Study identifies molecular process underlying leukemia

CHAPEL HILL New research from the University of North Carolina at Chapel Hill has identified a molecular process in cells that is crucial to the development of two common leukemias. The findings help explain how fundamental cell processes go awry during cancer development and represent a first step toward new, targeted treatments for leukemia.

Acute lymphoblastic leukemia (ALL) and acute myeloid leukemia (AML) leukemias develop when certain chromosomal abnormalities disrupt the genes that control blood cell formation. Without the proper instructions from these genes, blood cells produced by bone marrow never fully mature; these immature cells, which can't carry vital nutrients or fight infection, then flood the body.

The researchers showed how a fusion of proteins created by flawed chromosomes can trigger leukemia development. The study also identified an enzyme's important role in this process.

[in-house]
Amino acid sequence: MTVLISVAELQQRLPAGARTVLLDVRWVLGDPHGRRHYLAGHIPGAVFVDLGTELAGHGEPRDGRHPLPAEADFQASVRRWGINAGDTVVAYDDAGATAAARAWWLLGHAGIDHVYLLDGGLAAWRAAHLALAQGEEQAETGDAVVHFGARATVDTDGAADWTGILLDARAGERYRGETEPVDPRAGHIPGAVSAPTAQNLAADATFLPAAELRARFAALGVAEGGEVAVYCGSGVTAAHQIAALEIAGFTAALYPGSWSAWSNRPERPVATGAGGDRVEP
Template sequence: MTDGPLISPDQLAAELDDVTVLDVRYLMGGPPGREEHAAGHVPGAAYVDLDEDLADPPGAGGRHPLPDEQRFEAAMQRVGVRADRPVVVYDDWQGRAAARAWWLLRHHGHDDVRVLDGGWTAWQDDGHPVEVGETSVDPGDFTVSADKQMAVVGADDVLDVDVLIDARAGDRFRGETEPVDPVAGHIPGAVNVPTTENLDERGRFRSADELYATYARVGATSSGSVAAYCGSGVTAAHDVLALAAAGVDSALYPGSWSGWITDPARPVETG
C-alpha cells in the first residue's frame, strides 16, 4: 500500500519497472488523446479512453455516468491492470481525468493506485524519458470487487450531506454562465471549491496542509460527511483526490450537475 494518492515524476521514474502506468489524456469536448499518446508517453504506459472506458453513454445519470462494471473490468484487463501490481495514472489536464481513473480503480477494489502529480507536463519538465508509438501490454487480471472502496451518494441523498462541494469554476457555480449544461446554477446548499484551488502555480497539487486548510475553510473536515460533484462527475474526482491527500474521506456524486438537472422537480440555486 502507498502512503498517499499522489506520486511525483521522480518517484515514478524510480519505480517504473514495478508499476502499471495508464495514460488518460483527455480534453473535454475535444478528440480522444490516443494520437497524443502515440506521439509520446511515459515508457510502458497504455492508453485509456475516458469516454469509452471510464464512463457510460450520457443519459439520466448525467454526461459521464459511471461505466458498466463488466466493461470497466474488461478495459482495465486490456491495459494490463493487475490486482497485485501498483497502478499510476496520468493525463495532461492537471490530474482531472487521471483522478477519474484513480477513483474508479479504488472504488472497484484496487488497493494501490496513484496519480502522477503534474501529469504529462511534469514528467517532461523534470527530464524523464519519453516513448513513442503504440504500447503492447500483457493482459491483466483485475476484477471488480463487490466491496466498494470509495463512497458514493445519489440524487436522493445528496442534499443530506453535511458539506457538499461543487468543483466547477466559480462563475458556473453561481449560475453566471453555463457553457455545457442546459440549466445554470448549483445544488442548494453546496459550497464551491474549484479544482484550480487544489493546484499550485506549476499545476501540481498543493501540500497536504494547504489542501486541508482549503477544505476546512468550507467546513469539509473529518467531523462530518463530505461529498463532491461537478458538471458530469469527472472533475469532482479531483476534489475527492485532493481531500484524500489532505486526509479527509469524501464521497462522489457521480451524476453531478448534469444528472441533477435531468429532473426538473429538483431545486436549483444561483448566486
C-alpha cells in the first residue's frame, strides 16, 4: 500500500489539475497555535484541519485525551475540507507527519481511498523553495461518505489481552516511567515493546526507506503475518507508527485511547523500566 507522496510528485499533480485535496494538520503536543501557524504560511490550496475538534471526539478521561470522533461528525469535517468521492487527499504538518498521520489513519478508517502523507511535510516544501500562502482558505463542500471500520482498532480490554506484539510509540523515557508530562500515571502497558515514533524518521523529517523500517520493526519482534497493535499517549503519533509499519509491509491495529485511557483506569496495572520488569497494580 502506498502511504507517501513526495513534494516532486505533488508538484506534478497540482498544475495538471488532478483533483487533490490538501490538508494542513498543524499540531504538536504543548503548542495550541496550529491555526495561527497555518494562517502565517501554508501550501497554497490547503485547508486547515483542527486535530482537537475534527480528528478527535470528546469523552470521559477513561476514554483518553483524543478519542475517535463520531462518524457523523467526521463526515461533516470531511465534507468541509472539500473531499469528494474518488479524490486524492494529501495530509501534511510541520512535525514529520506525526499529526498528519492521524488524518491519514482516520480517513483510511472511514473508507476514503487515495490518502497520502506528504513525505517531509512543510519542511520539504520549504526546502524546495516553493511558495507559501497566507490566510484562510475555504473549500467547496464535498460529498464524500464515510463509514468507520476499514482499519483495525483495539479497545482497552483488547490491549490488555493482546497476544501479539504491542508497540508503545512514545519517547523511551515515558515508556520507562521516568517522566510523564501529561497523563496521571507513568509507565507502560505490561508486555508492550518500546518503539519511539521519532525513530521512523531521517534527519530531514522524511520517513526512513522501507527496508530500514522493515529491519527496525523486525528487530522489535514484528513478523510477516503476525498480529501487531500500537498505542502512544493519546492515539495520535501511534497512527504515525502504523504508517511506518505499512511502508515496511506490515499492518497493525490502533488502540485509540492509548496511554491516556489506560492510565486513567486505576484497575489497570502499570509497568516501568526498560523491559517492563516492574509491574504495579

The results were published online Aug. 20 and will appear in a future print issue of the journal Nature Cell Biology.

The research was led by Dr. Yi Zhang, professor of biochemistry and biophysics in the UNC School of Medicine and a Howard Hughes Medical Institute Investigator. Zhang is also a member of the UNC Lineberger Comprehensive Cancer Center. The work was supported by grants from the National Institutes of Health.

The study examined chromosomal translocation, in which a fragment of a chromosome breaks off and joins another. Chromosomes are the cellular structures that carry DNA. Translocation along chromosomes can result in the generation of fusion proteins that often "misregulate" specific genes, including genes that can cause leukemia, and is a common cause of leukemia, Zhang said. The most common chromosome translocations found in leukemia patients involve the mixed lineage leukemia gene, MLL. One of the fusion proteins that partners with MLL in leukemia is AF10.

AF10 has been shown to fuse with another protein,

Contact: L.H. Lang
University of North Carolina School of Medicine

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